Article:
The cycling day from the Russian/Estonian border was somewhat adventurous, but not exactly fun. A brief recap: It was a functional ride that made me arrive in the great city of St. Petersburg. While I had planned out a supposedly beautiful route along some supposedly main and major roads following the coastline, these ideas were shattered on multiple occasions when the pavement of the road was either severely damaged or simply not there or even replaced by some creek and swamp. And all that despite the fact that in my preparation before my tour, I checked google street view for many parts of the road and thought the pavement should be really good. Back to the present case: I had applied the same methods for figuring out a nice route leading me from St.Pete to the Finnish border. Again, in my planning I had relied on a route circumventing the highway and leading me through some supposedly picturesque and/or very typically northwest Russian landscape. However now I could assume these plans again not to work out; same methods – same failures; one doesn’t need to be an empirical scientist to get to that conclusion. So, the scenic route: won’t work. Another day on the Russian highway: a waste of a precious day of my holiday, and an increased chance of ending my life in, on and among a truck’s grill, 200km of boredom. NO.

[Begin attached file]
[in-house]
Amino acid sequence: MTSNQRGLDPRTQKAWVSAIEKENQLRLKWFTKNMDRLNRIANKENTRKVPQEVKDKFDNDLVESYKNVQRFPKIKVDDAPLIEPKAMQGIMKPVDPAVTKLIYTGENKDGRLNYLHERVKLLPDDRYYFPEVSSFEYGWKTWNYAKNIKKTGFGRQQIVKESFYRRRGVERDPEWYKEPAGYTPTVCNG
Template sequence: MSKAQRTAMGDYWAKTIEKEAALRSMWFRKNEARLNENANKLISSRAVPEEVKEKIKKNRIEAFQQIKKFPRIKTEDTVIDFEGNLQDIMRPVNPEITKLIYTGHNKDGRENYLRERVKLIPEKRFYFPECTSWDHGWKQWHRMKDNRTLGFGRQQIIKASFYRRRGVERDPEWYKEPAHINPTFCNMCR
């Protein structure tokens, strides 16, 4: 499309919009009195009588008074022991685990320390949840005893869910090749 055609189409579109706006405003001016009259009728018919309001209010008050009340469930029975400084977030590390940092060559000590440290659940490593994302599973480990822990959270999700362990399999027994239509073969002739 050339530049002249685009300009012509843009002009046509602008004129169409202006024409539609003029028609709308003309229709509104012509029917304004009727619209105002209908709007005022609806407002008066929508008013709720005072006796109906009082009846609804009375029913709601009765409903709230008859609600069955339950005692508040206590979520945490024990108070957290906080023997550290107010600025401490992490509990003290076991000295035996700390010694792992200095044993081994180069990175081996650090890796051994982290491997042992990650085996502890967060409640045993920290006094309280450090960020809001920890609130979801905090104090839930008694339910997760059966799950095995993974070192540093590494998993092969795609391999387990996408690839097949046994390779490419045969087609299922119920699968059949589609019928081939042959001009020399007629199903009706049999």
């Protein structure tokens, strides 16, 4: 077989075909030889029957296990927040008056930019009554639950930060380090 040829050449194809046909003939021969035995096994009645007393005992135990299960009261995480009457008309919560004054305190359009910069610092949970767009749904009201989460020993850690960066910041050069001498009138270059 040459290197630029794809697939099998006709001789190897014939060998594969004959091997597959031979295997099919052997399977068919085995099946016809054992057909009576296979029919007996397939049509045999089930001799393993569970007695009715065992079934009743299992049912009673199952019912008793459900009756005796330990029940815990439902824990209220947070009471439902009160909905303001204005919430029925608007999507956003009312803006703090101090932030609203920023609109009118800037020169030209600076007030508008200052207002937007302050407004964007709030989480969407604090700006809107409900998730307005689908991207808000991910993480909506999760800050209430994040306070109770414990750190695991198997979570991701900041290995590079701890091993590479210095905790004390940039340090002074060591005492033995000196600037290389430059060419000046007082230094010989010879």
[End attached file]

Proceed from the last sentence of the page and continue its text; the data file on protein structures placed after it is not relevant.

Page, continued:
Hence the decision to book a bus ticket. 25€ for escaping the above mentioned inconvenience? Deal! So I got up at 5 am to catch a bus at 6.15am at the St. Petersburg coach station. I had knowingly neglected the term that my bike would need to be wrapped or packed to be transported, and that was not due to any arrogant underestimation of the Russian way of organizing their transport but due to my general experience that usually things are much less bureaucratic and strict than stated in the rules when you face the real situation and a human decision maker (except for in the Netherlands… “regels zijn regels!”, rules are rules). To my surprise the driver did care, and only accepted to transport my bike because he found space in a separate luggage compartment. In any case, my bike was on the bus, me and the rest of my gear, too. I slept almost all of the ride, just sometimes waking up to luckily see my suspicion confirmed: highway, trees, trucks.